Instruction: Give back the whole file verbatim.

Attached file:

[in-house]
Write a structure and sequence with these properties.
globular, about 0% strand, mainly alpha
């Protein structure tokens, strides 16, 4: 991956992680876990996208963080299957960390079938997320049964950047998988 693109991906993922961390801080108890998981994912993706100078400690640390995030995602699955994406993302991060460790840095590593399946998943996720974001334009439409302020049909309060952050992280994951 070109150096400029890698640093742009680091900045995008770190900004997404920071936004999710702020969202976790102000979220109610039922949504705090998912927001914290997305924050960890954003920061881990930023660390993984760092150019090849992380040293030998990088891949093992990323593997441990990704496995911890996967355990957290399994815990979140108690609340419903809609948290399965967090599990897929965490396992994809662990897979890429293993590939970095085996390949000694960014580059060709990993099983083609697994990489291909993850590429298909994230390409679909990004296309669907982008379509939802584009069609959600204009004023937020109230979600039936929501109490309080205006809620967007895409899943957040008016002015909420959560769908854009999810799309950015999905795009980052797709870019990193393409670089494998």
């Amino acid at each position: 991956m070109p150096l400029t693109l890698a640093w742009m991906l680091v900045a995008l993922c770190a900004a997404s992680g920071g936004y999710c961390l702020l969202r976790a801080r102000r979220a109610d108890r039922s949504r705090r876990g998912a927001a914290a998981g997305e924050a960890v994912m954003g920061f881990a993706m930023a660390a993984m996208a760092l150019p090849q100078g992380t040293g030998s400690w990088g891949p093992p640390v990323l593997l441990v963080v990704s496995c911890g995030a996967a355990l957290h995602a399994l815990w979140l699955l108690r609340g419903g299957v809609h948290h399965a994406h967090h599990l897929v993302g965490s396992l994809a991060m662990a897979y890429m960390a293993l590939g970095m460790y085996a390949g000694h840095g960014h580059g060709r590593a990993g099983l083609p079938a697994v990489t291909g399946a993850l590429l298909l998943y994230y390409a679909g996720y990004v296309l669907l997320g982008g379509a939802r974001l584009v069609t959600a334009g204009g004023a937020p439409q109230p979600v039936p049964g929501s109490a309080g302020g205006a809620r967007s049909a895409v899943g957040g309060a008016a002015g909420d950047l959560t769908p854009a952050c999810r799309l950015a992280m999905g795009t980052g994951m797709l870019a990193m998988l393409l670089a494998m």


[in-house]
Write a structure and sequence with these properties.
globular, about 0% strand, mainly alpha
């Protein structure tokens, strides 16, 4: 991956992680876990996208963080299957960390079938997320049964950047998988 693109991906993922961390801080108890998981994912993706100078400690640390995030995602699955994406993302991060460790840095590593399946998943996720974001334009439409302020049909309060952050992280994951 070109150096400029890698640093742009680091900045995008770190900004997404920071936004999710702020969202976790102000979220109610039922949504705090998912927001914290997305924050960890954003920061881990930023660390993984760092150019090849992380040293030998990088891949093992990323593997441990990704496995911890996967355990957290399994815990979140108690609340419903809609948290399965967090599990897929965490396992994809662990897979890429293993590939970095085996390949000694960014580059060709990993099983083609697994990489291909993850590429298909994230390409679909990004296309669907982008379509939802584009069609959600204009004023937020109230979600039936929501109490309080205006809620967007895409899943957040008016002015909420959560769908854009999810799309950015999905795009980052797709870019990193393409670089494998």
């Amino acid at each position: 991956m070109p150096l400029t693109l890698a640093w742009m991906l680091v900045a995008l993922c770190a900004a997404s992680g920071g936004y999710c961390l702020l969202r976790a801080r102000r979220a109610d108890r039922s949504r705090r876990g998912a927001a914290a998981g997305e924050a960890v994912m954003g920061f881990a993706m930023a660390a993984m996208a760092l150019p090849q100078g992380t040293g030998s400690w990088g891949p093992p640390v990323l593997l441990v963080v990704s496995c911890g995030a996967a355990l957290h995602a399994l815990w979140l699955l108690r609340g419903g299957v809609h948290h399965a994406h967090h599990l897929v993302g965490s396992l994809a991060m662990a897979y890429m960390a293993l590939g970095m460790y085996a390949g000694h840095g960014h580059g060709r590593a990993g099983l083609p079938a697994v990489t291909g399946a993850l590429l298909l998943y994230y390409a679909g996720y990004v296309l669907l997320g982008g379509a939802r974001l584009v069609t959600a334009g204009g004023a937020p439409q109230p979600v039936p049964g929501s109490a309080g302020g205006a809620r967007s049909a895409v899943g957040g309060a008016a002015g909420d950047l959560t769908p854009a952050c999810r799309l950015a992280m999905g795009t980052g994951m797709l870019a990193m998988l393409l670089a494998m």